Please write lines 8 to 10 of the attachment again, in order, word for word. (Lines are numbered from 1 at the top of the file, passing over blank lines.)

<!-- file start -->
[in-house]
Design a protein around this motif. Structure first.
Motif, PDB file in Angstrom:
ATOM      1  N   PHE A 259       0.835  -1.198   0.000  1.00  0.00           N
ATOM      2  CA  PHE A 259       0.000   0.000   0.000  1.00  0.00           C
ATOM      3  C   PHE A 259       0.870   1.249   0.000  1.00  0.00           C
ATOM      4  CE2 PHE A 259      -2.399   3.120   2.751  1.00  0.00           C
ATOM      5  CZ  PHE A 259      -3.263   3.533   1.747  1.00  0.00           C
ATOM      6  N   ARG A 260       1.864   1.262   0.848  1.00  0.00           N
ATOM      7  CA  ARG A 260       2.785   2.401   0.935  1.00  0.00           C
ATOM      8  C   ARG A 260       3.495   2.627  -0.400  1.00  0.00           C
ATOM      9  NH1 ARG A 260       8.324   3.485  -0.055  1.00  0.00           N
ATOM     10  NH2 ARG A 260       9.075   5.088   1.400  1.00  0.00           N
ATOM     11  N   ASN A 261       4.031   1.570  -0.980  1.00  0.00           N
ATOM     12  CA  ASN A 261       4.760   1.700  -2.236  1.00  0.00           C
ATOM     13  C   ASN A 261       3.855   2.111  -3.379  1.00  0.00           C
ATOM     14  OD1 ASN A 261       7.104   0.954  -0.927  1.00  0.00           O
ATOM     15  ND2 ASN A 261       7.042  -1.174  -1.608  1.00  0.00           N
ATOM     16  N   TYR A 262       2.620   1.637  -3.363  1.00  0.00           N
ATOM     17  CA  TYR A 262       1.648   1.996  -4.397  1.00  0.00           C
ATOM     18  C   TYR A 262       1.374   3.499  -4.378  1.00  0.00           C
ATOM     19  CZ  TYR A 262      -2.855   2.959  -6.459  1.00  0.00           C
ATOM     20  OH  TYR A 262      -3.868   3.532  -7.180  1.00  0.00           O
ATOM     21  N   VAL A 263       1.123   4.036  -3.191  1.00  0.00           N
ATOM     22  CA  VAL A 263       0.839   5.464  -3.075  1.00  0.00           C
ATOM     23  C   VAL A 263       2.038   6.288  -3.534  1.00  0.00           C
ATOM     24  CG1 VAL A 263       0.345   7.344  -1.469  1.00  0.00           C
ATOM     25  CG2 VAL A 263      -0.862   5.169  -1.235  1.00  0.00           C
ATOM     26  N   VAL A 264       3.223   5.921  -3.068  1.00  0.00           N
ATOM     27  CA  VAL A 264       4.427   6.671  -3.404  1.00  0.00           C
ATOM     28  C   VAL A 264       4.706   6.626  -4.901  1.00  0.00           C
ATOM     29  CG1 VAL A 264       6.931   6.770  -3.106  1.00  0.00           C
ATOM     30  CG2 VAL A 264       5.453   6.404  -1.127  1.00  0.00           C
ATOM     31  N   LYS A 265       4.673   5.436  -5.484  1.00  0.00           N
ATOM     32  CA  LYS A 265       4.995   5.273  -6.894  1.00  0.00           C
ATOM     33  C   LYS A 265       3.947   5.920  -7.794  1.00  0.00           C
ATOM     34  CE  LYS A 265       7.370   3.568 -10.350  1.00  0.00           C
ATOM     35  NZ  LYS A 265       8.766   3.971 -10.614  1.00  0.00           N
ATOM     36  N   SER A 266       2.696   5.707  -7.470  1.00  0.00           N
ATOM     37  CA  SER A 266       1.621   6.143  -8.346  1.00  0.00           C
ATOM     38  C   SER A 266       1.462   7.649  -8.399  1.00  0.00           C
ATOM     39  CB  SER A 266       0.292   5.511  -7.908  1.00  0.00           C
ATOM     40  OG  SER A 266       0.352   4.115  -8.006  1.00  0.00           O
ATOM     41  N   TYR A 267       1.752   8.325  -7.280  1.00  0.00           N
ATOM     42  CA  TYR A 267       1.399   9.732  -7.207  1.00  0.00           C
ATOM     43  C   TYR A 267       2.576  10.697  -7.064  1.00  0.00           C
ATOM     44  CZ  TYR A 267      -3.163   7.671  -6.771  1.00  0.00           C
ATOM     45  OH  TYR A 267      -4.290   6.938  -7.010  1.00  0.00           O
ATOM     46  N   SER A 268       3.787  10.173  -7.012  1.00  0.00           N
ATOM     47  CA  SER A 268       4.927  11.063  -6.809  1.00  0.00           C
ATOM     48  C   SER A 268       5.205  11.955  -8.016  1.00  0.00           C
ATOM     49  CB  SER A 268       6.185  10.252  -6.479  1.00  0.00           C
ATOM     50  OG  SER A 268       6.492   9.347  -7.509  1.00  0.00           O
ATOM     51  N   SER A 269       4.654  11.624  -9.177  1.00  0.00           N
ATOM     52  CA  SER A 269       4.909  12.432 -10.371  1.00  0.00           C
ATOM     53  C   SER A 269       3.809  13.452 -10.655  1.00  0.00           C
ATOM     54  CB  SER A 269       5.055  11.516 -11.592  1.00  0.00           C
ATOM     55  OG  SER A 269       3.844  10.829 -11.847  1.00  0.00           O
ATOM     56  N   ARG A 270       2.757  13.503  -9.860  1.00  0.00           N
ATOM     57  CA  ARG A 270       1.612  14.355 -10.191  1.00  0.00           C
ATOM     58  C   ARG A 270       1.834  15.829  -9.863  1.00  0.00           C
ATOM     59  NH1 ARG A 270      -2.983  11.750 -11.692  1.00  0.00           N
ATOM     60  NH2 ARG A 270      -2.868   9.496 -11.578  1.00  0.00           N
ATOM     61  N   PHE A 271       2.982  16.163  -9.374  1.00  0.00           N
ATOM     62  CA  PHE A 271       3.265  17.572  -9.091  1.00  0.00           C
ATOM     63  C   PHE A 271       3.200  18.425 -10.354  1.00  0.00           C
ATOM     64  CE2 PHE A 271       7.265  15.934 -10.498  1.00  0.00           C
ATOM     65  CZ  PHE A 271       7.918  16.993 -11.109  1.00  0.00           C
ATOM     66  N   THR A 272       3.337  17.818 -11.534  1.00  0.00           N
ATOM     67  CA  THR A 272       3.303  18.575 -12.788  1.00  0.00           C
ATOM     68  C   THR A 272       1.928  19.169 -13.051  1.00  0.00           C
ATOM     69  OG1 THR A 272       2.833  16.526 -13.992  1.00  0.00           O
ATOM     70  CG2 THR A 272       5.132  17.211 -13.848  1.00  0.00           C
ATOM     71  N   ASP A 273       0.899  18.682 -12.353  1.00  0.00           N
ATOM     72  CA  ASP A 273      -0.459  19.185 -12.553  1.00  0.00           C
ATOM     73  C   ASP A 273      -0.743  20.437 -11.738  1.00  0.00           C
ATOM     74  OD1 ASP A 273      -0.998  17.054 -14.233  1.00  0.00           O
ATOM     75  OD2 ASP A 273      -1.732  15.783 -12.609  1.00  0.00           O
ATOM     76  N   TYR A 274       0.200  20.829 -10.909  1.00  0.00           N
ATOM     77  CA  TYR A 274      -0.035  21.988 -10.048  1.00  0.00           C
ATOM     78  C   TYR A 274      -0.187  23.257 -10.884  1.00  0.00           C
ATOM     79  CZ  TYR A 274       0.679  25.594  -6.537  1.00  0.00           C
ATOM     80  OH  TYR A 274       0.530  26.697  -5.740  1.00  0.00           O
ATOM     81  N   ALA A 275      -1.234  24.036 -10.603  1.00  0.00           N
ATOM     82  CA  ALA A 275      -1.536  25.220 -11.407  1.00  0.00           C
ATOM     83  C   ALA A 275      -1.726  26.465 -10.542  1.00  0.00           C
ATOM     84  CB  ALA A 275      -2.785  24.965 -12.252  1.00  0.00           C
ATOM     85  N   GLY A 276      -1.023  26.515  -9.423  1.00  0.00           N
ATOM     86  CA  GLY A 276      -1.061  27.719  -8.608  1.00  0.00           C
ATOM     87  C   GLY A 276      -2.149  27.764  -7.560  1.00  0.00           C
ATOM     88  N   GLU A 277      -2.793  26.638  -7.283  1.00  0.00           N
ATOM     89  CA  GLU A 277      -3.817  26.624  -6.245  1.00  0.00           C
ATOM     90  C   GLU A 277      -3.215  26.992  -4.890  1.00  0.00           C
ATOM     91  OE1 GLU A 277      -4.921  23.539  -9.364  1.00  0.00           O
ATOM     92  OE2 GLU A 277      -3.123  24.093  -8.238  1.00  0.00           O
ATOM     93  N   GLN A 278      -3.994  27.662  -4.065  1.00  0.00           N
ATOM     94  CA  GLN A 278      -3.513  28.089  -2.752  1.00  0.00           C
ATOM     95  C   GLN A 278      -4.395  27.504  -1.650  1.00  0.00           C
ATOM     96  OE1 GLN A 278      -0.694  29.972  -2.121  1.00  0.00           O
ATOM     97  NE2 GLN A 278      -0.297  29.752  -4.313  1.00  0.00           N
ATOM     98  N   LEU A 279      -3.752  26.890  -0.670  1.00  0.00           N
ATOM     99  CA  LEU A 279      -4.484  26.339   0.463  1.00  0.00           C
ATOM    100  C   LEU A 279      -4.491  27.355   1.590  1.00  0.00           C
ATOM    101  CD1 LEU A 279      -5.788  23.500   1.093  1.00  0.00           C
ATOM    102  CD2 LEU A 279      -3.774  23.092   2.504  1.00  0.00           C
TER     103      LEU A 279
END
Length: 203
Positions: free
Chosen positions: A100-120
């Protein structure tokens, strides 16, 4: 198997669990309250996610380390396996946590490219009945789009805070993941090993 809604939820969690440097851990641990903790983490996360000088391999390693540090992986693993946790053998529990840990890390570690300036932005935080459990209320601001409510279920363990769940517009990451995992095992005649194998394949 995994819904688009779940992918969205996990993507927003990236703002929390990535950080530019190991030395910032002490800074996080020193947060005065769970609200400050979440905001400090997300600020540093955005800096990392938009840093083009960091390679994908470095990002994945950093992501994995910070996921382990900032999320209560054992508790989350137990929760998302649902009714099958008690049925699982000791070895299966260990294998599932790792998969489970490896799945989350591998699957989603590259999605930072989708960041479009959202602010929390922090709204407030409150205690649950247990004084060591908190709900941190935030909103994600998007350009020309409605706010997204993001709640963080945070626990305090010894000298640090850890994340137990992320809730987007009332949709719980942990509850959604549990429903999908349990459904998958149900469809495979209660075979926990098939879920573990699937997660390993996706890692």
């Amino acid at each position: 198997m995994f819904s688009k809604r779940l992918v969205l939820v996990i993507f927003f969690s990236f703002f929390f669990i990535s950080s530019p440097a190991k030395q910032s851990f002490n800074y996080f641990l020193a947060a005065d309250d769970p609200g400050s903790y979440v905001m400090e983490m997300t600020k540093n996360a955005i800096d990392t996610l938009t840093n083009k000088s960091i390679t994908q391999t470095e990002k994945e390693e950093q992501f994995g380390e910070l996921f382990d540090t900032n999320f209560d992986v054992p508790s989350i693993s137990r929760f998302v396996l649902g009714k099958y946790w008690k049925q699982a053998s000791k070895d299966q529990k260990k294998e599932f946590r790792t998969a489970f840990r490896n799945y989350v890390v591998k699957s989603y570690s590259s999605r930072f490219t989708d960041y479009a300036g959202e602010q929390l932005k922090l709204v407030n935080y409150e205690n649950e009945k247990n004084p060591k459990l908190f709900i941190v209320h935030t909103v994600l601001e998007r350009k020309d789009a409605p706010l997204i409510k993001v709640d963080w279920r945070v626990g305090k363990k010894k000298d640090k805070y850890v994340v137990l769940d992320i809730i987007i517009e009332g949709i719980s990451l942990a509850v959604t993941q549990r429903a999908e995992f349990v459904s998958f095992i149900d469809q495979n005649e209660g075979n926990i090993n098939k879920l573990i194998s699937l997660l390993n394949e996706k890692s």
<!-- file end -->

ATOM      5  CZ  PHE A 259      -3.263   3.533   1.747  1.00  0.00           C
ATOM      6  N   ARG A 260       1.864   1.262   0.848  1.00  0.00           N
ATOM      7  CA  ARG A 260       2.785   2.401   0.935  1.00  0.00           C